Homophobia is not on the rise
There is no evidence that Britain has become more hostile to gay people.
The horrific attack on a lesbian couple on a London bus has rightfully caused disgust and outrage. But according to many observers, attacks like this are a normal occurrence in Brexit Britain – a nation apparently rife with violent prejudice.
The Guardian carried a piece by one of the victims of the attack, which warned that the public’s sympathy for her and her partner was itself proof of the nation’s bigotry: it was only because we are racist and transphobic that we took any interest at all, apparently.
The same paper also produced some incredibly alarming statistics on the apparent state of hate in Britain today. Allegedly, England and Wales are in the grip of a ‘surge’ in homophobic and transphobic hate crime. ‘The rate of LGBT hate crime per capita rose by 144 per cent between 2013-14 and 2017-18’, it reports. Hate-crime hotspots like South Yorkshire and Hampshire experienced even larger surges, it claims, with police-recorded crimes rising by 376 per cent and 189 per cent in the same period, respectively.
To make matters worse, according to LBGT campaigners, this rise in hate crime doesn’t even capture the true extent of the hatred out there. Taz Edwards-White, alliance manager at equalities and diversity organisation Metro, told the Guardian that the hate-crime figures were likely to be ‘the tip of the iceberg’. She and other campaigners say this rise could be down to the rise of right-wing populism.
The truth is rather different. Every year for the past five years, the release of police-recorded data on hate crime has been accompanied by panicked media reports of a hate-crime surge. But as last year’s Home Office report made abundantly clear, large increases ‘are due to the improvements made by the police in their identification and recording of hate-crime offences and more people coming forward to report these crimes rather than a genuine increase’ (emphasis mine).
What’s more, there is a good reason why the ‘surge’ identified by the Gurdian takes off in 2013-2014. 2014 was the year the College of Policing released its Hate Crime Operational Guidance, which is still used to this day. This guidance actually demands that the numbers increase. ‘Targets that see success as reducing hate crime are not appropriate’, it says. As part of the drive to record more crime, there has been a slew of public-information campaigns and regular exhortations from police for the public to report hateful incidents, particularly in the wake of major political events like the EU referendum and the 2017 terror attacks.
Police-recorded data has other problems, too. Police are obliged to record not only criminal actions but also all non-crime hate incidents. A non-crime hate incident is literally any event that is perceived by the victim or any other person to be motivated by hostility towards a so-called protected characteristic. The key word here is perceived. As the Operational Guidance makes clear: ‘The victim does not have to justify or provide evidence of their belief, and police officers or staff should not directly challenge this perception. Evidence of the hostility is not required for an incident or crime to be recorded as a hate crime or hate incidents.’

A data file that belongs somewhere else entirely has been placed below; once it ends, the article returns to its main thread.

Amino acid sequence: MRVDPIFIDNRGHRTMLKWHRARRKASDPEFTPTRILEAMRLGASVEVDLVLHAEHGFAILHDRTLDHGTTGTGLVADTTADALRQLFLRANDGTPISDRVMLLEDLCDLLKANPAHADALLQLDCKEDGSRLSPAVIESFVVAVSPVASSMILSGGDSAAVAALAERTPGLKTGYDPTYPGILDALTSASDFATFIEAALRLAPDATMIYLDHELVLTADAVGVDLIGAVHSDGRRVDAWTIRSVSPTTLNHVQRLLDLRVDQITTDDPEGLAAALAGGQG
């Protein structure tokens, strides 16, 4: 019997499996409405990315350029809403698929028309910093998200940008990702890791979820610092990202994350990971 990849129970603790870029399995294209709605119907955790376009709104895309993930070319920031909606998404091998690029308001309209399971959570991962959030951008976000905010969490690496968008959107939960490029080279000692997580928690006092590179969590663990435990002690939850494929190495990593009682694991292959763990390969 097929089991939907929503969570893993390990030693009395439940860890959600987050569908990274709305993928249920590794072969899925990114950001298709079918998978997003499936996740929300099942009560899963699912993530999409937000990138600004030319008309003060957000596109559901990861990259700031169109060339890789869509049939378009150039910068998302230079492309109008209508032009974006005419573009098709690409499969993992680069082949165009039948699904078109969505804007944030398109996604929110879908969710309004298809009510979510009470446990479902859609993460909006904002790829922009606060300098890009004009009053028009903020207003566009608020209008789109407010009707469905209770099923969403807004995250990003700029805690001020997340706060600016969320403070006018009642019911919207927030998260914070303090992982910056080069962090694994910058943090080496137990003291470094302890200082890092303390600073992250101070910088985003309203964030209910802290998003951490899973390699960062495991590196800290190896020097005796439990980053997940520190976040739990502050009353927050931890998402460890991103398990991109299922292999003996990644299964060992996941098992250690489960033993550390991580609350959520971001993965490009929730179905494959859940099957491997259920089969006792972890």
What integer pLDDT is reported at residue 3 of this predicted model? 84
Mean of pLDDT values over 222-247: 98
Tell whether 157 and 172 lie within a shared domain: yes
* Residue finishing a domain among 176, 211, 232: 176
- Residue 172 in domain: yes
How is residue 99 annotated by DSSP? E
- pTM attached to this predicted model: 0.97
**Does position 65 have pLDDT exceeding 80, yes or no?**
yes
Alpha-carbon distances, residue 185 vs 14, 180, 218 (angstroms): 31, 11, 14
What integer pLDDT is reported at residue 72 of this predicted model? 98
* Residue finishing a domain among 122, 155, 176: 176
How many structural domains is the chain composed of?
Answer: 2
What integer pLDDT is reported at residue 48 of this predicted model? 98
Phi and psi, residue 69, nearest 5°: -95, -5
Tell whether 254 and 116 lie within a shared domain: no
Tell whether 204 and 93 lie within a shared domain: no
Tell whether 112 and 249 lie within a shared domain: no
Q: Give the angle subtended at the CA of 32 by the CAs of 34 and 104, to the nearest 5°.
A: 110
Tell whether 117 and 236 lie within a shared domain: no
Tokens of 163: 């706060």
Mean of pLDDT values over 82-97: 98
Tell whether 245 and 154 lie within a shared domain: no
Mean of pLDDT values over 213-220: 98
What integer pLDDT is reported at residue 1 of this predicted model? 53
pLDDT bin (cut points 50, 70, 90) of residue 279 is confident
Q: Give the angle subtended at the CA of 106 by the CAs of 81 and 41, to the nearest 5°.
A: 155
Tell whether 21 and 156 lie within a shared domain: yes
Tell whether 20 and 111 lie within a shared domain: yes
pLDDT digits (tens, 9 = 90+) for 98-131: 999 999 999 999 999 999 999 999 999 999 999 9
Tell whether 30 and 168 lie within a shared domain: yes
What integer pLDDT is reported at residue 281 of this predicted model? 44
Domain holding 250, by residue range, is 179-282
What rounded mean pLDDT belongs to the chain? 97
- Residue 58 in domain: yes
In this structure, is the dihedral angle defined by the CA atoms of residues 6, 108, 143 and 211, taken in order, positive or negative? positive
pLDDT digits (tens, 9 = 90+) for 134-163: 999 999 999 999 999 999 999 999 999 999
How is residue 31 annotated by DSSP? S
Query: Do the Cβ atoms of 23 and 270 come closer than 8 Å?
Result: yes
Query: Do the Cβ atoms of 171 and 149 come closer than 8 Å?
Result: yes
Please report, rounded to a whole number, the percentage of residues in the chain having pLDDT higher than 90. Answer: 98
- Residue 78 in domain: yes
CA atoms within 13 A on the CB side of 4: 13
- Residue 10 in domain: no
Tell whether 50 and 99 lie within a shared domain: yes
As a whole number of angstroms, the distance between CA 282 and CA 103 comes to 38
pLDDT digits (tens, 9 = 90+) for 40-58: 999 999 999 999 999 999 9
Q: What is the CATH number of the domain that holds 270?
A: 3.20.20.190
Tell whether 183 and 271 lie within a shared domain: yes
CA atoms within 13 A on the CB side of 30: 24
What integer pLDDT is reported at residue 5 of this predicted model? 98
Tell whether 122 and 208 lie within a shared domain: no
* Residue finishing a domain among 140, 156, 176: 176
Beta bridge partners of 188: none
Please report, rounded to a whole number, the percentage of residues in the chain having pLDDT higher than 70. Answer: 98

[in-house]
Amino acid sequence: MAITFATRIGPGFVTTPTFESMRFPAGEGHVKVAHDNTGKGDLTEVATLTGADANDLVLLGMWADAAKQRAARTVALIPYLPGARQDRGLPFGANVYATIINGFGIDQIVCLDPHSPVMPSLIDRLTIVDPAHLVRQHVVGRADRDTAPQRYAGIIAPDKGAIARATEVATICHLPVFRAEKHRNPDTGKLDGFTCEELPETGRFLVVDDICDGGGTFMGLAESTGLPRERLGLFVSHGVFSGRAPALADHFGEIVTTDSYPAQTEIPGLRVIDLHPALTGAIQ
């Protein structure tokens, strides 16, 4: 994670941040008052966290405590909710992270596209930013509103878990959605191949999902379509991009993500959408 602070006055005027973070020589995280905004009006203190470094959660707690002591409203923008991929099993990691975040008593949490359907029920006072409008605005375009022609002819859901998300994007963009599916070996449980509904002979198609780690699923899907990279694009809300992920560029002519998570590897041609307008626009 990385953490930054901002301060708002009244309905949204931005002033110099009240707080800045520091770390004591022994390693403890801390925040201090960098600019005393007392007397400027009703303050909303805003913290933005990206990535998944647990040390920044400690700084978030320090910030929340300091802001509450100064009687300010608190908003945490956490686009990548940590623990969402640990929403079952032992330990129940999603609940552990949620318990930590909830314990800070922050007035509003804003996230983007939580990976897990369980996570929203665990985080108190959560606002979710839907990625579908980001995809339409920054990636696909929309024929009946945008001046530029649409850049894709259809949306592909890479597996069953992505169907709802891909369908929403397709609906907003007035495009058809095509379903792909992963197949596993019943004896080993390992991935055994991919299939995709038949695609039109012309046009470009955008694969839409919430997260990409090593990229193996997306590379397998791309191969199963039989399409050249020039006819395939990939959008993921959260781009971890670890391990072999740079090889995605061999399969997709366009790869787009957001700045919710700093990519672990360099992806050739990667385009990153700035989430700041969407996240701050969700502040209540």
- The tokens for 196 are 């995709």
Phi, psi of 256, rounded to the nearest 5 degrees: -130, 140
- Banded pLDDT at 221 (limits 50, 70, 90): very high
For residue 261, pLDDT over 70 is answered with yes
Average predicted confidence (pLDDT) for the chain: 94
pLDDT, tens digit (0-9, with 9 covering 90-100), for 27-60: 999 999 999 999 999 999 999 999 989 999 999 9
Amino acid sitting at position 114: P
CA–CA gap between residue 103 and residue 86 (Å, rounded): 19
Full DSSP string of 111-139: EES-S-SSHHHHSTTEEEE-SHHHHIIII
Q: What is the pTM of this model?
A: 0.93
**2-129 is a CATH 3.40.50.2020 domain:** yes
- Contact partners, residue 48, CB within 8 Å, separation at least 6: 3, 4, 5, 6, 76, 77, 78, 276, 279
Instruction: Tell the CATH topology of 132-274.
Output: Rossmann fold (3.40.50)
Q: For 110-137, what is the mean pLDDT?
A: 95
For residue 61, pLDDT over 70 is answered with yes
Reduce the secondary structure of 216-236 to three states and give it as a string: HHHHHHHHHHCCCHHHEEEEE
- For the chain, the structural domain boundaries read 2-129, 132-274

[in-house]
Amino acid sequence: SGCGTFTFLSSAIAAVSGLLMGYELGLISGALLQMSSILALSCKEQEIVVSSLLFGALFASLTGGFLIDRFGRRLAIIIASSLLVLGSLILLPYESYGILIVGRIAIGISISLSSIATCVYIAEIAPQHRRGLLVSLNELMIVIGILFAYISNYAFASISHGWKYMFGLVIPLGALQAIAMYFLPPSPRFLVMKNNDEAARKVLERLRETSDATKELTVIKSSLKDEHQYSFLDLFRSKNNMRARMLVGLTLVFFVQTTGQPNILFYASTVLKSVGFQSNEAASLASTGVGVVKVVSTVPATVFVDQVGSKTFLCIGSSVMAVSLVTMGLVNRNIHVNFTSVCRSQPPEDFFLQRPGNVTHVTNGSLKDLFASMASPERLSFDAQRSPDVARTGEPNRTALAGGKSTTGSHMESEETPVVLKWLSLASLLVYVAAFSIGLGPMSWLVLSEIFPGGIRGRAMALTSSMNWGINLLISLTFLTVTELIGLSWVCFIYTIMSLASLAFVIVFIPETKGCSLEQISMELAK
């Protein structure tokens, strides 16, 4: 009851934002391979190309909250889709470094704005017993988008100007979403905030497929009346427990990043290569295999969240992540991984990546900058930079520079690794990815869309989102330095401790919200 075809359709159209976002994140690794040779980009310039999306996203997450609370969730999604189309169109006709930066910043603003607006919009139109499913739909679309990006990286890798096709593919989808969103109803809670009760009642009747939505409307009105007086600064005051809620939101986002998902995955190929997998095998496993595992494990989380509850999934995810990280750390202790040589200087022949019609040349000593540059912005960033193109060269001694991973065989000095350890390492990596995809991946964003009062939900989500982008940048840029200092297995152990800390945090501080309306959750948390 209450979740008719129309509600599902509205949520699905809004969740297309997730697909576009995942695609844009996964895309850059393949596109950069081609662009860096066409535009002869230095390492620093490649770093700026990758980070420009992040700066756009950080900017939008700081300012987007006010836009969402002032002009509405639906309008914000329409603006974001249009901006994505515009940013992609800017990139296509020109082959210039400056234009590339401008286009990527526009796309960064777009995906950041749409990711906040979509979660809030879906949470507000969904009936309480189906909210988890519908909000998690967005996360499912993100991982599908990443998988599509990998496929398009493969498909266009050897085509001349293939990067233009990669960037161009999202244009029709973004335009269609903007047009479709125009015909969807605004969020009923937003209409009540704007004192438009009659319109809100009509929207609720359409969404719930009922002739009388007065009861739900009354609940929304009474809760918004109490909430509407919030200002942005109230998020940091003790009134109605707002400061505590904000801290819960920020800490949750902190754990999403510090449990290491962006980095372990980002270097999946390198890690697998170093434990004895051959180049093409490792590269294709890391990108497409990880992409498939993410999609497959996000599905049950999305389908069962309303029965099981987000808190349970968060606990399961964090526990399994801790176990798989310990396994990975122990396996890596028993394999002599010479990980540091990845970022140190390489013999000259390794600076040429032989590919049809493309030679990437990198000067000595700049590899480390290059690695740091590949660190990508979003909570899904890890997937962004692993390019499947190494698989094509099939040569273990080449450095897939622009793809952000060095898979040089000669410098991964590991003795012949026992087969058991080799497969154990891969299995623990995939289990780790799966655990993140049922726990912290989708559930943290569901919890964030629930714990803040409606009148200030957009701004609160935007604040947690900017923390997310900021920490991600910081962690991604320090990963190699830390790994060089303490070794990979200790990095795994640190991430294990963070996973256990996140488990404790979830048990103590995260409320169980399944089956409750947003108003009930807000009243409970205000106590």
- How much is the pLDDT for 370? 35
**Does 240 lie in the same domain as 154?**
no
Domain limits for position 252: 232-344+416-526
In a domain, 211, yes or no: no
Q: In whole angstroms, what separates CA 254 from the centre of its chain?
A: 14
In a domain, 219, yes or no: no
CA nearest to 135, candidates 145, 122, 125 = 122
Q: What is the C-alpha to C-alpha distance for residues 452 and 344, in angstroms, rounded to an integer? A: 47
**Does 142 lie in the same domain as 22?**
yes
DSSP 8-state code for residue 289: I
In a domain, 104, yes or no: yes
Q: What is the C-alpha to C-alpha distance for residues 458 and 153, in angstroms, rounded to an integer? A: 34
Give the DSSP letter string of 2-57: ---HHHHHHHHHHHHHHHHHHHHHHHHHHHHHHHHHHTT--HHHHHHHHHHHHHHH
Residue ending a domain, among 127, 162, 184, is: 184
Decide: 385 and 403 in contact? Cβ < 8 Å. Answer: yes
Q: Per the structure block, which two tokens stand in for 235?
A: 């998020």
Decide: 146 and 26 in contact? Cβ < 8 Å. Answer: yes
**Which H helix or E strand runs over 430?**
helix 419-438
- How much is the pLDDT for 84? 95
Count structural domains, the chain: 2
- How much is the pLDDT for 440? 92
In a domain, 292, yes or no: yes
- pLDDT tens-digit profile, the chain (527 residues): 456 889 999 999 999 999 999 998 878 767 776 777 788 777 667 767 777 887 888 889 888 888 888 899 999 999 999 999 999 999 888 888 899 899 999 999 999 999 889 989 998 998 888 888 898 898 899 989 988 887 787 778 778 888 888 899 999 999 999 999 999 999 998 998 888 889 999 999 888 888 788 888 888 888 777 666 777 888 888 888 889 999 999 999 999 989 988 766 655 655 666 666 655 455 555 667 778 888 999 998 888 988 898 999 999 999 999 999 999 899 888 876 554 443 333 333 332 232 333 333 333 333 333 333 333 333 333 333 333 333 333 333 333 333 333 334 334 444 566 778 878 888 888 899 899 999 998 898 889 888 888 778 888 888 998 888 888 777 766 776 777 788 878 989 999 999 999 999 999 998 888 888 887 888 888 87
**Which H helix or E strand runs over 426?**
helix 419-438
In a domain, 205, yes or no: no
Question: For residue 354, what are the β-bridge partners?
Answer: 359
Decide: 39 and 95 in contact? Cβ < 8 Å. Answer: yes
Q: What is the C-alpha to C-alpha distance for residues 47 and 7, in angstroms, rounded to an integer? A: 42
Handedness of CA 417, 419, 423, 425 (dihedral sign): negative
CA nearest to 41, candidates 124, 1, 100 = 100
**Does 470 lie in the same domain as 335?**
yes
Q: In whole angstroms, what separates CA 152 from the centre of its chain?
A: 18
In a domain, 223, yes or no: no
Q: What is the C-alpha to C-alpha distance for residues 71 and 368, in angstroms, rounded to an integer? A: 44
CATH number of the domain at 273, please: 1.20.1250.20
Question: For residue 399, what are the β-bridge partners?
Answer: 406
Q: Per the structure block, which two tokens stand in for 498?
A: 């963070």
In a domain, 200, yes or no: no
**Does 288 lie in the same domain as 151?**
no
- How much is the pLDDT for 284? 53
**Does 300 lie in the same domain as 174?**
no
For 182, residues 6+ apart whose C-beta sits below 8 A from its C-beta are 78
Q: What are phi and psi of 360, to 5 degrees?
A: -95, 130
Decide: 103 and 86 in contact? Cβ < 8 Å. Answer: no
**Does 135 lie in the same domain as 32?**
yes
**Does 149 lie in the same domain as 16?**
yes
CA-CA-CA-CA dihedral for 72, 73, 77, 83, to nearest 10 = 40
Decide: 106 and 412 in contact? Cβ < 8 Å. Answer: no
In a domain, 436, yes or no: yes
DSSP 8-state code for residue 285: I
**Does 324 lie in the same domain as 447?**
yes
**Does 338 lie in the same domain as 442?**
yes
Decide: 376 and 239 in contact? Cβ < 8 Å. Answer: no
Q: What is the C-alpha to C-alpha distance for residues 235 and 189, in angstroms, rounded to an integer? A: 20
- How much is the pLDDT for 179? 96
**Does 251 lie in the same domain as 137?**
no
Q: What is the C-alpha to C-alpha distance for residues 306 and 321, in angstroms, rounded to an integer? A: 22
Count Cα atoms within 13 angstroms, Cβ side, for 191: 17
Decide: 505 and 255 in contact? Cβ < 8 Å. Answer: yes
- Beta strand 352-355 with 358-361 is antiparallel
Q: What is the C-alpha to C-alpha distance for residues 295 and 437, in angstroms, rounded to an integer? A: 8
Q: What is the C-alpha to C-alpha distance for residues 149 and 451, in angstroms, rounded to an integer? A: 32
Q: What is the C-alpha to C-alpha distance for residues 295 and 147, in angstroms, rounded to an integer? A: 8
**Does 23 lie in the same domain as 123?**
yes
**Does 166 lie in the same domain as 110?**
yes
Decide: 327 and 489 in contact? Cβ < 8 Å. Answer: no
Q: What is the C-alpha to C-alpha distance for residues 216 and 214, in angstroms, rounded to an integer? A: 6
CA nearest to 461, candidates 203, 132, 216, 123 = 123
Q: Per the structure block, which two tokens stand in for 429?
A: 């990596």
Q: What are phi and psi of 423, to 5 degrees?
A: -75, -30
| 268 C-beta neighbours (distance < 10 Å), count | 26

In other words, for an incident to appear in the police-recorded hate-crime data, there does not have to be any evidence of any ‘hatred’, nor does the incident even have to be a crime. The only real basis for establishing that a hate crime took place is that somebody reported it to the police. Examples of ‘racist’ hate incidents recorded by police over the past few years, for instance, have included failing to clean up dog poo, aggressive beeping of a car horn, and a speech by Amber Rudd – none of which is racist or criminal.
In contrast to police-recorded data, the Crime Survey for England and Wales, another way of measuring crime, suggests there has actually been a 40 per cent decrease in hate crime over the past decade.
In fact, a fall in hate crime makes much more sense, and is easier to account for, than any surge. Claims about rising homophobic hate crime need to be put in the context of increasing tolerance of same-sex relationships. According to NatCen’s British Social Attitudes survey, a major long-term study of public opinion, 64 per cent of respondents in 2017 said that same-sex relationships were ‘not wrong at all’, up from 59 per cent in 2015, and 47 per cent in 2012. A remarkable improvement in the space of just five years. The clear trajectory is towards greater acceptance of same-sex relationships, not one of rising homophobia.
Although the Guardian and others insist that the current populist moment has provided fertile ground for homophobic attitudes to rise, they provide no evidence to back this up. In truth, there has not been any major ‘homophobic’ policy initiatives or speeches in Britain from top-tier politicians or right-wing populists that could be said to have turned public opinion against gay people.
And what of that ‘tip of the iceberg’, of people being afraid to come forward to report hate crimes? Even with the obvious caveat that there is an abundance of non-crimes that are reported to police, it is certainly the case that genuine crimes will go unreported. But according to the Crime Survey, which interviews victims of crime, a higher percentage of hate-crime incidents came to the attention of police than the average for all types of crime – 53 per cent compared to 40 per cent. It is no more appropriate to talk of a tip of the iceberg for homophobic hate crime than it is for burglary or fraud.
Hate-crime statistics tell us little about genuine levels of crime and even less about the state of hate in the nation. What we are witnessing is not a surge in hate crime, but a surge in fear of hate crime, and a fear of the supposedly hateful masses who are always on the verge of committing it.